Hello again after long last,
"Why do I travel? I get hot, exhausted, burnt about the face, frightfully thin. I get covered in fleas, and all the sand flies and mosquitoes in the district come and graze on me. I eat the most awful food and drink the most awful water. If I lie down in the shade, the suns goes swiftly around the tree until it is shining right on me... But I see views, people, places I never imagined existed. I learn new customs and hear old history. Sometimes I am wonderfully lucky and see something very few outsiders have seen before. I make friends with servants, soldiers, and odd charming people in remote villages. I get hard and strong, my mind opens out and becomes more receptive. Birds sing new tunes for me and I smell new scents. And for a short time I am not only independent but completely responsible for my own safety. I shed the aura of civilization and become quite a different person. And everywhere I go makes me love home even more."
This a quote from the 1935 diary entry of an English aristocrats wife while she was traveling through Kurdistan on her own.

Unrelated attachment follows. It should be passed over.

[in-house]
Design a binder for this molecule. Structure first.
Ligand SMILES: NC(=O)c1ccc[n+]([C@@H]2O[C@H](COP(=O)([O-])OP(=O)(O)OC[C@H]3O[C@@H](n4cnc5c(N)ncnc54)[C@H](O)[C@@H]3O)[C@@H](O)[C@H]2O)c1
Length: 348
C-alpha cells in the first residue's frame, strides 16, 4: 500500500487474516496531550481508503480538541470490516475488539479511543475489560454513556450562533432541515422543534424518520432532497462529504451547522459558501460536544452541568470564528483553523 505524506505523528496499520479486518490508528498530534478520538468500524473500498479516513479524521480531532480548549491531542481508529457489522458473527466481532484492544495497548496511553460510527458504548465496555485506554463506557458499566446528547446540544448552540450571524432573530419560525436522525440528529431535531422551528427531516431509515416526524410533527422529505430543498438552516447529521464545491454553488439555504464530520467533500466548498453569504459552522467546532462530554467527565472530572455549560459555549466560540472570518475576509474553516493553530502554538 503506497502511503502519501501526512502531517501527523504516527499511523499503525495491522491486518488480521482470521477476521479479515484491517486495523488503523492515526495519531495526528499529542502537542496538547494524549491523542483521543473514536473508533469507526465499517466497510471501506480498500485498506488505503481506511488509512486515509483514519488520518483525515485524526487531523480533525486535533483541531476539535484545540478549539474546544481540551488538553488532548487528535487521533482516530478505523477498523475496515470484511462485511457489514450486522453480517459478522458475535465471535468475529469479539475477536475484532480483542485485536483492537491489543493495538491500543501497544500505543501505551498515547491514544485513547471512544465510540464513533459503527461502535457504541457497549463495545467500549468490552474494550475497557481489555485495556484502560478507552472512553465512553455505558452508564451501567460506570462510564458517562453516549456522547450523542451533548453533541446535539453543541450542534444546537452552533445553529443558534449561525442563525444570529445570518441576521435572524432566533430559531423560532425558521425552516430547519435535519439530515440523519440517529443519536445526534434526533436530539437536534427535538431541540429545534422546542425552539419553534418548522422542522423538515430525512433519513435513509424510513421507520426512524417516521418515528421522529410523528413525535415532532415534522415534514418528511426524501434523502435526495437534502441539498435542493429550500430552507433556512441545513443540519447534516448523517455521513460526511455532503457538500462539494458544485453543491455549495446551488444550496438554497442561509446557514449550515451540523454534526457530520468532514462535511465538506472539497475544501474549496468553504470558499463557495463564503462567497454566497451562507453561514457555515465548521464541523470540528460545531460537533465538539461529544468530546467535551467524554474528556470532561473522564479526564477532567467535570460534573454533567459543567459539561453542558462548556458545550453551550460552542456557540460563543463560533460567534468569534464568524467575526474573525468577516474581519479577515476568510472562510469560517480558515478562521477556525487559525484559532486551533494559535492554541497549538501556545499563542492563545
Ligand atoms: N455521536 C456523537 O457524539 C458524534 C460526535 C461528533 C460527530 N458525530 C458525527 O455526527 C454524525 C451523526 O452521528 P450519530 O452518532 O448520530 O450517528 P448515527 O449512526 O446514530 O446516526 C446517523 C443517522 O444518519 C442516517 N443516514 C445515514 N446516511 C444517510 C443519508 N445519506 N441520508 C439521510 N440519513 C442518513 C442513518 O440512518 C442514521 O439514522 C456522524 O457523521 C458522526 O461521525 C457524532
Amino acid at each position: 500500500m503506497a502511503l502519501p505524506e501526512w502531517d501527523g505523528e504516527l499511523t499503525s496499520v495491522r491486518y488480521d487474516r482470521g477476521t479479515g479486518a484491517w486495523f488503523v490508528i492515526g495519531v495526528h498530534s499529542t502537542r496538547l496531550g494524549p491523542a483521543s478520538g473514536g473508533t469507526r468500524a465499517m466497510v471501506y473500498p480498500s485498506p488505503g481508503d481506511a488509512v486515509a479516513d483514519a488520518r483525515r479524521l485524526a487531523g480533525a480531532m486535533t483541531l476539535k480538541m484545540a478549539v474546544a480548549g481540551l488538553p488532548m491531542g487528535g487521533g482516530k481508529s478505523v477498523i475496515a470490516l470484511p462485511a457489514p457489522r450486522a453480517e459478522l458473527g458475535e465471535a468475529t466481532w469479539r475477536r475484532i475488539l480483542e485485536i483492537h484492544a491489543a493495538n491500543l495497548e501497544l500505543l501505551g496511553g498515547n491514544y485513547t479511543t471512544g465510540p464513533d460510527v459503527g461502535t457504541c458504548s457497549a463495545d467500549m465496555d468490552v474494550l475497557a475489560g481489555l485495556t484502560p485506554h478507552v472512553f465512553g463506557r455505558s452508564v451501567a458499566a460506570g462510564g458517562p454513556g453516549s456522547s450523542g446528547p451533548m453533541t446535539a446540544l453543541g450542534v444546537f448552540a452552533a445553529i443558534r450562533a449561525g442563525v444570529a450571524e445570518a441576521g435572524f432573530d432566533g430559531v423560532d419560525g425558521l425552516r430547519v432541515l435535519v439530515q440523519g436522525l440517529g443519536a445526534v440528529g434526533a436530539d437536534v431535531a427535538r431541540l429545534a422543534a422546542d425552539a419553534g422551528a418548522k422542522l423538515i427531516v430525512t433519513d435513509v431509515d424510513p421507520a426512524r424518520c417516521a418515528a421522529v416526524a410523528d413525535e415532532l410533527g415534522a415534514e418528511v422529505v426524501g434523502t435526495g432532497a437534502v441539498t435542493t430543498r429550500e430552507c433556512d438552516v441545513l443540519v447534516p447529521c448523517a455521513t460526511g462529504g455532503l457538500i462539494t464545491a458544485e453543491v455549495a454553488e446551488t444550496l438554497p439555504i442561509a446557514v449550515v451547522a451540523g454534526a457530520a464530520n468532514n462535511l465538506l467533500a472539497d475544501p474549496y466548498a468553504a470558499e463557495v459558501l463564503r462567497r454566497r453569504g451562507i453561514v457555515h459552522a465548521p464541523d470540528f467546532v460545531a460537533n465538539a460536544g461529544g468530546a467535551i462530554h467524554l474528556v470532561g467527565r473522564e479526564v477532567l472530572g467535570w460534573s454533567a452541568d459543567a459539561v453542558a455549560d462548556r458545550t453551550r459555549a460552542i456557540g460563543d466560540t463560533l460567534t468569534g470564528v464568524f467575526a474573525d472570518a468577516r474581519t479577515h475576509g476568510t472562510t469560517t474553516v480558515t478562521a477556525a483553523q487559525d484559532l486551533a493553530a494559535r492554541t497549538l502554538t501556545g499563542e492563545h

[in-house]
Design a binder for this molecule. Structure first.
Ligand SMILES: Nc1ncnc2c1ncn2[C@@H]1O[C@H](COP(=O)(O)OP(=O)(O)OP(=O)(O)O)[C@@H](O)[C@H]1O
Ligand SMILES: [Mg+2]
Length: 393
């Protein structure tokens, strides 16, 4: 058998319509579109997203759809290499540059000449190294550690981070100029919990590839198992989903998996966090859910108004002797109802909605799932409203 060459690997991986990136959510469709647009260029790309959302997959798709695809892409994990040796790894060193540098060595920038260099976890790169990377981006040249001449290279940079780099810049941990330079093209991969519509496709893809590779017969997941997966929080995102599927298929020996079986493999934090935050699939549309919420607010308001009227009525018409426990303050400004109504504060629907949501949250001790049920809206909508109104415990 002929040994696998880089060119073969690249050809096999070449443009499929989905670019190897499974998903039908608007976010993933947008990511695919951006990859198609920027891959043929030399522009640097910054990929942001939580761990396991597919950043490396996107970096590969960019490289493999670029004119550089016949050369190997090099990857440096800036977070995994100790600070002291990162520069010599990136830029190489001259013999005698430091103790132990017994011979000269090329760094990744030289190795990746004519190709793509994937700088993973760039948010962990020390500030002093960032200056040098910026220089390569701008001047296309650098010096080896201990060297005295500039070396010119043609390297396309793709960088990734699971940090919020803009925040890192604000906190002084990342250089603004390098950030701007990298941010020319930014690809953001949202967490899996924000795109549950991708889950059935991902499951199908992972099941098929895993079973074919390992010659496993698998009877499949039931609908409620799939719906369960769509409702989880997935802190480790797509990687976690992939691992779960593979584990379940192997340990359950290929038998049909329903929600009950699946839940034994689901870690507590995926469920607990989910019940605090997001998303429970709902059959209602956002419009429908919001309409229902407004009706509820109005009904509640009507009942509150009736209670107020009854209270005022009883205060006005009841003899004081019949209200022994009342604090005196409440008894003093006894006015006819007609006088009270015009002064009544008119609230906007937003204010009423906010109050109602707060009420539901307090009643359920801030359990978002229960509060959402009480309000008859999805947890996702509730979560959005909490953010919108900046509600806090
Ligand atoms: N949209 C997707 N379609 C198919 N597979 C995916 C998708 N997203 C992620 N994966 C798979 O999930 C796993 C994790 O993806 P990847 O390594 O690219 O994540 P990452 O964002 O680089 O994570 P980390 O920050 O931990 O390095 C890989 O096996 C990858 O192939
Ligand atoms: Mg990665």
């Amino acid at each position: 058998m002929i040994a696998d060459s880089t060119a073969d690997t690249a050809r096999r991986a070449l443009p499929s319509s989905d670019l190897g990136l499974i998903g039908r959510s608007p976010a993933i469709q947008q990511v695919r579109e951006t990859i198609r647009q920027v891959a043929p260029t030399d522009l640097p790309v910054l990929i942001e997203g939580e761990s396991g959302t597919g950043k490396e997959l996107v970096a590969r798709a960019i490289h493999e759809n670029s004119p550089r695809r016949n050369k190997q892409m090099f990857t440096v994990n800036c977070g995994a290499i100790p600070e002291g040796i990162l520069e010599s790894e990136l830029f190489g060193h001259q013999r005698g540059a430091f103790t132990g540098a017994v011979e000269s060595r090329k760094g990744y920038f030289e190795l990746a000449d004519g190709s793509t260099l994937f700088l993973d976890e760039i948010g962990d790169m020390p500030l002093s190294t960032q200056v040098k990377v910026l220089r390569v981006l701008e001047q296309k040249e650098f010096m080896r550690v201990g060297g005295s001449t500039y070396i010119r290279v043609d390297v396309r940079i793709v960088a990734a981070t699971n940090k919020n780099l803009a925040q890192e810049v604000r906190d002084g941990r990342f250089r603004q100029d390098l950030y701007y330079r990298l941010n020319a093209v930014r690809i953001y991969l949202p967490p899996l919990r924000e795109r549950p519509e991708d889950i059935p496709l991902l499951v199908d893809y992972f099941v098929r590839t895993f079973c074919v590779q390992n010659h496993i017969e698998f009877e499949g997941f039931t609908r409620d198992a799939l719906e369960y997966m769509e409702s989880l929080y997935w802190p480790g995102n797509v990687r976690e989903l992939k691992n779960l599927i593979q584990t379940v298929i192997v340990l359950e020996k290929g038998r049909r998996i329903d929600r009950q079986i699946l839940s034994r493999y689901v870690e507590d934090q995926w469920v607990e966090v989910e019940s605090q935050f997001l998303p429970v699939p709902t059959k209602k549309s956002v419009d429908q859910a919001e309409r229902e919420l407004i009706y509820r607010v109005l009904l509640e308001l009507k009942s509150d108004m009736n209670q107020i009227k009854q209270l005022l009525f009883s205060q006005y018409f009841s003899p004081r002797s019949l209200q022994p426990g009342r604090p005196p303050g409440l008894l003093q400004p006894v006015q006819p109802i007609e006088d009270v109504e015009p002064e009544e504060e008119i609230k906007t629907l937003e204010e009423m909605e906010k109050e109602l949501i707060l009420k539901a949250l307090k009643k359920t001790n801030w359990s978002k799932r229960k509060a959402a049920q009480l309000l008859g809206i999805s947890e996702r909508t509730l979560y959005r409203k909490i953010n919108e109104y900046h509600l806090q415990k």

When the young man behind the desk returned my passport as I passed through US immigration yesterday, he smiled and said, "Welcome home." The sincerity of his smile warmed me and I was struck with the sudden sense that, in fact, I had never stopped feeling at home. That, rather, as I traveled, my sense of 'home' effortlessly and quite unconsciously expanded to include every part of the world I have passed through, traveled in, and even those I haven't. Maybe that is why it took me so long to come back to California, much to the confusion of some; I was home all along, just connecting with family else where.
I don't know where I am going or what I will be doing today, tomorrow or any of my days. For now, I am connecting one branch of family in one part of my home until the wind blows and I pack a bag to meet others. And whenever the wind blows is always the best timing for me.